Death of the English Language

STORY BY Jessica Elizabeth Pawlarczyk

Published: November 4, 2013

The Oxford English Dictionary inducted 1,200 new words this year. 

These newly inducted words are primarily slang or technology-based. The new-fangled words range in nature, where some stem from colloquial sayings, while others pay homage to bizarre trends that only the hipster kids can understand.

Some of the “duh” words that should have made the list long ago include: epic, tweet, handicapping, hand sanitizer, hand-wash, heartwarmingly, brat (as in the hotdog), red velvet, chilled, validation, mochaccino, young adult, and hand-embroidered.

Some unconventional words that somehow made it on the Oxford English Dictionary’s list are:

Geekery (n.): “actions or behavior typical of a geek or geeks; spec. obsessive devotion to or knowledge of a particular (specified) subject or pursuit.”

Gut Check (n.): “From sports: (a) a challenging situation or event which tests one’s strength of will; (b) an instance of assessing one’s feelings regarding a course of action, typically intended to reconfirm one’s enthusiasm or resolve.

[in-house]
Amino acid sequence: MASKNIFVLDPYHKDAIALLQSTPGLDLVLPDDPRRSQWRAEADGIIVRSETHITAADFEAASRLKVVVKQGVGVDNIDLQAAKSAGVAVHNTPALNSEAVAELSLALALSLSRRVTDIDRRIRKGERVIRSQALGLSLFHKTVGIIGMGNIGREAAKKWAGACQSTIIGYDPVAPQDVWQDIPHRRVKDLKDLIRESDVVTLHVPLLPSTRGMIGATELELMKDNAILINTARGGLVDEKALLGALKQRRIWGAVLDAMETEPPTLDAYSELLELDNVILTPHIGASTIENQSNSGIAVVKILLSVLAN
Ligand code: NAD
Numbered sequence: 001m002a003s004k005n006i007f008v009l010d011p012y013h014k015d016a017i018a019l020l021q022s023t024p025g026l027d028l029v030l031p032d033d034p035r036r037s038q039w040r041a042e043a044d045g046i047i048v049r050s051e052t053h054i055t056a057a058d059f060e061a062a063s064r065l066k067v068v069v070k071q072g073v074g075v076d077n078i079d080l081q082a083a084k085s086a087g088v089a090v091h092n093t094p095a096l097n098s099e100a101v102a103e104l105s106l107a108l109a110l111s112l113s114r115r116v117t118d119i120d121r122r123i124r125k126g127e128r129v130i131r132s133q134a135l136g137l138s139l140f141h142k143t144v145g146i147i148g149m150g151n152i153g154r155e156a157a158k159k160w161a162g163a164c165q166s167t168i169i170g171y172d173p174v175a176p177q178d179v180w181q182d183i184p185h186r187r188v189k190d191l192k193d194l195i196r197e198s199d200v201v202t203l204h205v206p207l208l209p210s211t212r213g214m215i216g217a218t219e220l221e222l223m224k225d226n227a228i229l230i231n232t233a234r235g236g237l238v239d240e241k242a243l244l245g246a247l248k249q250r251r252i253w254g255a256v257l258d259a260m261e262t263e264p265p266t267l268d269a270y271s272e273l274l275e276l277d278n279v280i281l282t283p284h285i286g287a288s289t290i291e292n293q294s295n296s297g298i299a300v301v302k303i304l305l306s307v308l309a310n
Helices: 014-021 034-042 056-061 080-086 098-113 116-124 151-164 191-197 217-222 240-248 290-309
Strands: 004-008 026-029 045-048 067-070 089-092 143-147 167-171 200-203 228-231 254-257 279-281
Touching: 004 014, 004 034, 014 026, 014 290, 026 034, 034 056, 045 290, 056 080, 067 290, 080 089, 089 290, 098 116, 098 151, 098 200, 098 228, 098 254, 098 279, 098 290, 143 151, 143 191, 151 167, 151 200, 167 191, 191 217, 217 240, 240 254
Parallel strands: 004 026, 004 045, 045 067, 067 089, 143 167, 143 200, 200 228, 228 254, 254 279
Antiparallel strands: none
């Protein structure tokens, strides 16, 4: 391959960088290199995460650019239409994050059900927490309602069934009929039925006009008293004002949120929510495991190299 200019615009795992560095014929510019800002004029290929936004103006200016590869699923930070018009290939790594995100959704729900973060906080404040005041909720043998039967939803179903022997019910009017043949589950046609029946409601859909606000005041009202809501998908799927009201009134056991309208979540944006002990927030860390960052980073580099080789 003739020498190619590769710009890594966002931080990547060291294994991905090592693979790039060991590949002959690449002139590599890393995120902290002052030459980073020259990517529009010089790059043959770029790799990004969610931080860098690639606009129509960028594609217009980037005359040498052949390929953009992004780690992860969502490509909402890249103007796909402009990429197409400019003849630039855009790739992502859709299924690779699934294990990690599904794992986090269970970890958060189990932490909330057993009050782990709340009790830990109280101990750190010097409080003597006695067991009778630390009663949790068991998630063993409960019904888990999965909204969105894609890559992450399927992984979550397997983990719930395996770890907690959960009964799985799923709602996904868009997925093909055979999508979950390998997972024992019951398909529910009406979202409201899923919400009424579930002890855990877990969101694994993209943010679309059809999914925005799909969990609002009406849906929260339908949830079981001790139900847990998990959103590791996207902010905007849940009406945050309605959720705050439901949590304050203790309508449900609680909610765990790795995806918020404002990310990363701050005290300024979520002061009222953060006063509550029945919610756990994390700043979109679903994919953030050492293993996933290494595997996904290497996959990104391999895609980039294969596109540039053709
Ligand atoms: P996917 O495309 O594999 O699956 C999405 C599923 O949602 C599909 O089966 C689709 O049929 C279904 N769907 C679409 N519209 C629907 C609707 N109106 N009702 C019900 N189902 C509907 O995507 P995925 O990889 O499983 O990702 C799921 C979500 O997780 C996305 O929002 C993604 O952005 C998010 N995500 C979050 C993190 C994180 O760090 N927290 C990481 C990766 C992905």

Handyman Special (n.): “Something, esp. a house, which is in need of repair or renovation and is therefore offered for sale at a reduced price; a ‘fixer-upper.’”

Fly-over (adj.) “Designating the central regions of the continental United States over which airplanes travel on flights between the east and west coasts, regarded as less influential or significant than the urban coastal regions.”

(Definitions provided by this Time Newsfeed article.)

The most notable oddball word is without a doubt “dad dancing.” This style of dance refers to how awkward, uncoordinated middle-aged men dance. Now that I’m familiar with this word’s definition, I must admit that it is definitely a useful word to have in one’s vocabulary— especially if you’re the sort of person who constantly finds yourself dancing with uncoordinated, unfashionable men at the night club.

If you’re interested in expanding your vocabulary even more, check out the Oxford English Dictionary’s entire New Word List for June 2013 here

I guarantee that your use of words such as “interoperability” and “parasomnia” will make you seem like the ultimate genius to all of your friends…that is if you were born after 1985. All I can say is good luck if you choose to memorize the OED’s wordy, lengthy definitions! 

Other Stories by Jessica Elizabeth Pawlarczyk
[^] comments powered by Disqus

Have a topic you want covered? Let us know.

hdr
hdr
hdr
hdr
Shop